"I opened it up, and was pretty shocked to see a photo from my blog that had been taken via screenshot, cropped and used with no attribution or permission," Watt said.

Watt's image used on the Baltimore Magazine website. (Screenshot by CBSi)

Some people may think that cropping an image can make it more difficult to find using reverse-engineered searches, such as Google Images or TinEye. However, in this case, Watt's original image and the cropped screenshot are so distinctive that a reverse search finds the copy in a split second.

The Australian Copyright Council suggested that photographers who upload their work to a personal blog or website have a visible statement regarding copyright, as well as a contact link. A copyright notice is prominently displayed on Watt's website, and he has clear usage guidelines available for visitors.

Watt said that because he was sympathetic toward the article's cause, he would have been happy for it to use the photo alongside a link back to his website. "The article is getting quite a bit of traction around the web, so it's frustrating to not be at least credited for the shot."

His usual course of action for copyright breaches is to contact the publication in question, either through the comments section or via social media. Due to the increasing prevalence of overseas publications using photos without permission, Watt is also considering looking at registering his work under the US copyright system.

The publication has since credited Watt's work, and provided a link back, after the following comment exchange:

(Screenshot by CBSi)

How much are you worth?

Photographers differ in their approach to dealing with copyright infringement. Some choose to send a notice to the person or website that has used a photo without permission, while some decide to send a bill for compensation.

There is no hard and fast rule for pricing photographs. That much is up to the individual, and how much a client is willing to pay. However, when drafting a rate for your own fees, websites like the Stock Photo Price Calculator can be useful for determining a price based on usage intent and distribution. Accreditation institutions for professional photographers also help their members work out fair pricing for images.

It is also worth noting that this process does not necessarily apply to a photographer who has licensed their photos to a third party through an existing agreement, or hands over their copyright to a publication through something like an employment contract.

In this instance, photographers will need to consult this agreement again, as it may detail specifics about creator's consent — for example, the employer may not need to attribute photographs that are created during the contract period.

What about Creative Commons?

Some photographers choose to apply a CC licence to their work. These licences are designed to give creators and end users a way to manage their copyright terms for several purposes. Many photo-sharing sites like Flickr allow photographers to assign a particular licence when uploading an image, though this is not the only way to apply CC licences.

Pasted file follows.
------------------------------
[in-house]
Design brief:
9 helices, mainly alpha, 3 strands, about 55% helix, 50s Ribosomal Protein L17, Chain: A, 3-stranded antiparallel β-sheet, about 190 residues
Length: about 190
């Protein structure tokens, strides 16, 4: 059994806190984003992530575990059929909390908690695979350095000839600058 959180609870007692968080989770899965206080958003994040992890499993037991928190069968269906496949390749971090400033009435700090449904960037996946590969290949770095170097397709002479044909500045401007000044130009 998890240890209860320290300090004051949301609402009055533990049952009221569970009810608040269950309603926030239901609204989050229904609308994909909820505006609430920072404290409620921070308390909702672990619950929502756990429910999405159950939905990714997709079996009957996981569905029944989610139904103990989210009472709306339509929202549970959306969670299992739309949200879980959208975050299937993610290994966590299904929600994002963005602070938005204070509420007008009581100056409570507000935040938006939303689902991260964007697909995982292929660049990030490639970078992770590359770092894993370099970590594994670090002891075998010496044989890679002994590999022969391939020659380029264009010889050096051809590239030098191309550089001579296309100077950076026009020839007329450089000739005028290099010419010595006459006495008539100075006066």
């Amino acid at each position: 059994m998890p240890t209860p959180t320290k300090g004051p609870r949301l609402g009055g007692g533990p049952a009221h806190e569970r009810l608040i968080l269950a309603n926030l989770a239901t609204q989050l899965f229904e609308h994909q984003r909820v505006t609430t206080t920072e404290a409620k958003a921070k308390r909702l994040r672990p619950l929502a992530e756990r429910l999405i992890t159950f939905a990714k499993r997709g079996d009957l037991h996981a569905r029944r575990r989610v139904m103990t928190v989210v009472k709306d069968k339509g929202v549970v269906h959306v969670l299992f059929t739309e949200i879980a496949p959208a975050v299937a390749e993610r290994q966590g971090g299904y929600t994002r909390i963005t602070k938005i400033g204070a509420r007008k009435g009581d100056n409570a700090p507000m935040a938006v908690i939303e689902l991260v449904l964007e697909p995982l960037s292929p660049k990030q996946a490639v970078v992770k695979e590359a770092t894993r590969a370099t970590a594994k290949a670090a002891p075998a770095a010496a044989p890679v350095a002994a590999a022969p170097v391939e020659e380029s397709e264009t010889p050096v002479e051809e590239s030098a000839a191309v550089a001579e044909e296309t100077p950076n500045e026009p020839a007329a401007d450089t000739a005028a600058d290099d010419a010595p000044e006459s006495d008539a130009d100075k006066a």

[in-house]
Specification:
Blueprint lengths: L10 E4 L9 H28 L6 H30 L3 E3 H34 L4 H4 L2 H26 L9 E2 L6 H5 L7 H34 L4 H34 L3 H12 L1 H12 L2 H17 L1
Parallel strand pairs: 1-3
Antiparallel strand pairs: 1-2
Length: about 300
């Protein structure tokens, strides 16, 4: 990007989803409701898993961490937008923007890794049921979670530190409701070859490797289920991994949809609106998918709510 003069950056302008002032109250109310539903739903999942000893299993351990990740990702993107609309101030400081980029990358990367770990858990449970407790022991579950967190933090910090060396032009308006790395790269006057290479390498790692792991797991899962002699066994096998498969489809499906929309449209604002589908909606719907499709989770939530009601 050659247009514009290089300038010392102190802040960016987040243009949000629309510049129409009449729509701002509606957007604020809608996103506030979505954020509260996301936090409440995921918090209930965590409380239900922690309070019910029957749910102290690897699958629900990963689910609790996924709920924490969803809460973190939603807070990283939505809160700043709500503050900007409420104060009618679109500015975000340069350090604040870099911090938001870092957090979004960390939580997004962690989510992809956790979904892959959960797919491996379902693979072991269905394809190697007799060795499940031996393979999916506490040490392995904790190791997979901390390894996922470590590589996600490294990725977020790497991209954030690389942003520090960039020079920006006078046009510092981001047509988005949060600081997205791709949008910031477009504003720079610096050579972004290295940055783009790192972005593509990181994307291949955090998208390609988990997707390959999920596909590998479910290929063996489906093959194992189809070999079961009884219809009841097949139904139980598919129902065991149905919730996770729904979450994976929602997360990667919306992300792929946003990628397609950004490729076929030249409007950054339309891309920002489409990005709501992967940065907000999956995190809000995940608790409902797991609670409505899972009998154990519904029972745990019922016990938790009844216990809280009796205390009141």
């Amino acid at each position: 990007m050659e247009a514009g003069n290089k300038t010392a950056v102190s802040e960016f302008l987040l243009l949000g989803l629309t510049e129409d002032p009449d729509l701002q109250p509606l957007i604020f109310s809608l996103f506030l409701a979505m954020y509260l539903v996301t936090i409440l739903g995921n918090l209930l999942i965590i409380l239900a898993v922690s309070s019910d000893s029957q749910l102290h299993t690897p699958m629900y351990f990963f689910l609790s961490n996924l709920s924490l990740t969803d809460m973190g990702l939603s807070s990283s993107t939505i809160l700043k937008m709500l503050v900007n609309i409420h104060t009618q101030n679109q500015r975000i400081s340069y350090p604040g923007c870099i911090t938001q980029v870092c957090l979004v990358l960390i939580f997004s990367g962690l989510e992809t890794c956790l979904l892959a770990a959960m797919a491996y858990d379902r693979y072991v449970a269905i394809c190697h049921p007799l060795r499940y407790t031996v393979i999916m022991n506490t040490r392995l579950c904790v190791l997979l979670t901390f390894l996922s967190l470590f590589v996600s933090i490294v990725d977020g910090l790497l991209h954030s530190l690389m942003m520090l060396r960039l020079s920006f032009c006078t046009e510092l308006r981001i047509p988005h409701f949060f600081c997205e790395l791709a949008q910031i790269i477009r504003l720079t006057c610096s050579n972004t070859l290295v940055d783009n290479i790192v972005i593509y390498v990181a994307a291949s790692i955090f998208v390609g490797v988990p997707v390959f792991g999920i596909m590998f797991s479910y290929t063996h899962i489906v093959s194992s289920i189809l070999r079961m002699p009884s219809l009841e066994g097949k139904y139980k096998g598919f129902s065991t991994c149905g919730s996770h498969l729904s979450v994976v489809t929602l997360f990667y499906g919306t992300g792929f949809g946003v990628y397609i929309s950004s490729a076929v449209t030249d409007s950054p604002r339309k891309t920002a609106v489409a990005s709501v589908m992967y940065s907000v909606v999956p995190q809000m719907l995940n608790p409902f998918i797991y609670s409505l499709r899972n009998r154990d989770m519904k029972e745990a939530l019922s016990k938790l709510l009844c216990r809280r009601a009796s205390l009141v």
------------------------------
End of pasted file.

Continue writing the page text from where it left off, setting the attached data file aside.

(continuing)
According to the FAQ, assigning a CC licence does not affect the photographer's moral rights (where applicable) to the following extent:

The international licences provide that licensees "must not distort, mutilate, modify or take other derogatory action in relation to the work which would be prejudicial to the original author's honour or reputation". This prohibits licensees from making uses that would otherwise violate authors' moral rights of integrity where that right exists. The attribution requirement contained in all of our licences is intended to satisfy the moral right of attribution.

The ported versions of the licences often contain an adjusted version of this language, in part to account for moral rights legislation in a particular jurisdiction. As a general matter, all CC licences preserve moral rights to the extent they exist (they do not exist everywhere), but allow uses of the work in ways contemplated by the licence that might otherwise violate moral rights through a limited waiver or licence of the moral rights where that is possible.

Adding again to the complexity of copyright-related cases as mentioned earlier, CC licences come in a variety of different flavours and iterations, with differences in the specific wording and terms of each. This means that a photographer wishing to pursue a copyright-infringement case through the appropriate channels will need to seek specific legal advice, depending on the wording of the particular licence chosen.

In the end, if someone is determined enough to use photos without permission, they will find a way to circumvent the protections in place — but there is always an avenue for relief. Raising awareness is important in helping people to understand copyright and the ways it can be infringed upon through practices like reblogging, tweeting and sharing online, so that photographers receive credit and compensation where it is due.

Editor's note: this article is provided for informational purposes only, and does not constitute legal advice.